Saturday, December 31, 2011

Use Ray's Arithmetic and Math Worksheet Generators to Teach Homesschool Math for Free

The very first public domain math book that I ever heard of was Ray’s New Primary Arithmetic for Young Readers. And after skimming the book it quickly became evident that this is an excellent resource for teaching addition, subtraction, multiplication, and division. I suspect that the book could be used as the sole means of teaching arithmetic. But I use it along with a few other free resources available online to help my kids become proficient in basic math.

Flash Cards are Your (and Your Kids) Friends
Flash cards are my favorite way to have children memorize math facts. I know it’s old school. But it worked way back when and it still works today. I printed off addition flash cards for numbers 1 - 9 from And I found 10 through 12 on another site, the name escapes me right now. But there are numerous free printable flash cards available online; they’re just a search away.

I printed them out, cut them all to roughly the same size, and laminated them. Yes, it was time consuming. But I invested some time and now I have cards that are already being used by 2 of my students and will be able to be passed down to my youngest when the time comes.

Once the children have their addition facts memorized then I will go through the same process for subtraction, multiplication, and division. I teach in the same order as Ray’s Arithemetic does. 

Math Worksheet Generator
To reinforce the math facts I print out math worksheets from Super Kids. You can customize the sheets to be exactly what you need. For example, if my daughter has half of the 3s addition facts memorized then I generate a worksheet with a minimum number of “0” and a maximum number of “6” and all of the numbers are added to 3. Take a look at the generator and you’ll see what I mean.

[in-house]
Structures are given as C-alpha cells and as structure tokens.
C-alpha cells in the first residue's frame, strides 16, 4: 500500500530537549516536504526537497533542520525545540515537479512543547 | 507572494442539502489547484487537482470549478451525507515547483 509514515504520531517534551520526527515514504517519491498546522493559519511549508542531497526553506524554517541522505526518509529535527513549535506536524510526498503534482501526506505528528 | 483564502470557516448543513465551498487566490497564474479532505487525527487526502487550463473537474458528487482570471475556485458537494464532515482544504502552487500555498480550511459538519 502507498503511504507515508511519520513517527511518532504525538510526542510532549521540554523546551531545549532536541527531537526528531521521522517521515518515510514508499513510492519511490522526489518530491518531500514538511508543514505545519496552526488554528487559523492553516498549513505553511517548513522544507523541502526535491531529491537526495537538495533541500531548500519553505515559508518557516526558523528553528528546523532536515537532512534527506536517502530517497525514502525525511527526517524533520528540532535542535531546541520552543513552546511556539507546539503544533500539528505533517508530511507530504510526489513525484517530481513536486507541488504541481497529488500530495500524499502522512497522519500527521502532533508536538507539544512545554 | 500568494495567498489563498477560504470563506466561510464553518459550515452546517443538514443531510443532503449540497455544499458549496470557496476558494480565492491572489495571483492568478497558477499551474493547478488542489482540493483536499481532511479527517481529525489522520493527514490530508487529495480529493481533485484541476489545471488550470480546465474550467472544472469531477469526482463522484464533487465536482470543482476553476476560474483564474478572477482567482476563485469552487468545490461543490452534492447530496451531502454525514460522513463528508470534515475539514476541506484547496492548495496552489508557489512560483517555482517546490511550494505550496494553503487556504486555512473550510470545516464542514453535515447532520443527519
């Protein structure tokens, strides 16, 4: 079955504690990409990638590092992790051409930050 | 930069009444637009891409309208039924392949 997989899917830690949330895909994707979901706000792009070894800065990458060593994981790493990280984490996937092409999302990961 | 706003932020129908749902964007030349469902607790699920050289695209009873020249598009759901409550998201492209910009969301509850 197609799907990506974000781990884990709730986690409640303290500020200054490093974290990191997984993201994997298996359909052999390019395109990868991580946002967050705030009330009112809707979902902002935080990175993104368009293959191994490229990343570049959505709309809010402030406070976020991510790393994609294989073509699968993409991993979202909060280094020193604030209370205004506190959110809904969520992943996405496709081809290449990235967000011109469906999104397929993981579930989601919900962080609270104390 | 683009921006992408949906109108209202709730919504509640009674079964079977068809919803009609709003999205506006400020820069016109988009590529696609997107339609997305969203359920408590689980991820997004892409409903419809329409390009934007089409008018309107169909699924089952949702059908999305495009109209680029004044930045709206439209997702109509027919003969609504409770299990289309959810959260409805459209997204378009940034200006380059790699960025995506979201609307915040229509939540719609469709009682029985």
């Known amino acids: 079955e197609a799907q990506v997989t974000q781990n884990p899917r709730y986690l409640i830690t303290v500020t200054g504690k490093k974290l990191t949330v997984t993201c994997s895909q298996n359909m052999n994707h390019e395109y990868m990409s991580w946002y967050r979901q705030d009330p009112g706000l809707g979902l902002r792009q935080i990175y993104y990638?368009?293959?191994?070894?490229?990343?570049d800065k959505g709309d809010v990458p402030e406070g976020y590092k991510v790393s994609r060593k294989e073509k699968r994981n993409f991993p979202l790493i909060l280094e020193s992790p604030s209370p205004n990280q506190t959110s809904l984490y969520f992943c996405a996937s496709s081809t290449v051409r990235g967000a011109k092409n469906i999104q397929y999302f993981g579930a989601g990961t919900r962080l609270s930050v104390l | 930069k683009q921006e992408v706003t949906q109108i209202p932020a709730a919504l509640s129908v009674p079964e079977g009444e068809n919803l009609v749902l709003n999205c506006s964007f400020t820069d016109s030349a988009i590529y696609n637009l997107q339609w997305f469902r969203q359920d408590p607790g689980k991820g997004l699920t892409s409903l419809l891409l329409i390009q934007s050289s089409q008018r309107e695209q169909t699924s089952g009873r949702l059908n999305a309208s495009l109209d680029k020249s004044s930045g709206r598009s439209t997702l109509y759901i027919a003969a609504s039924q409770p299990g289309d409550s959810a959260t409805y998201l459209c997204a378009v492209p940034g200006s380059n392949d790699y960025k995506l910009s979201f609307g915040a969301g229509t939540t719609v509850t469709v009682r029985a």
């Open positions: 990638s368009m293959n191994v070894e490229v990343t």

What’s 3 + 5?
I also quiz the children randomly throughout the day to see if they are truly memorizing their work. It’s not unusual for me to ask them a few facts at the kitchen table or while they’re playing with toys or whatever. I also sometimes make a game out of the flash cards. I quiz the child and if she gets the answer right then she gets to keep the card, if not I keep the card. Whoever has the most cards at the end of the game wins. This was my husband’s idea and the children actually started learning their facts quite quickly once there was some competition involved.

As you can see, it’s not that difficult to use public domain books in combination with other free online resources and come up with a very effective way of teaching arithmetic in your homeschool.

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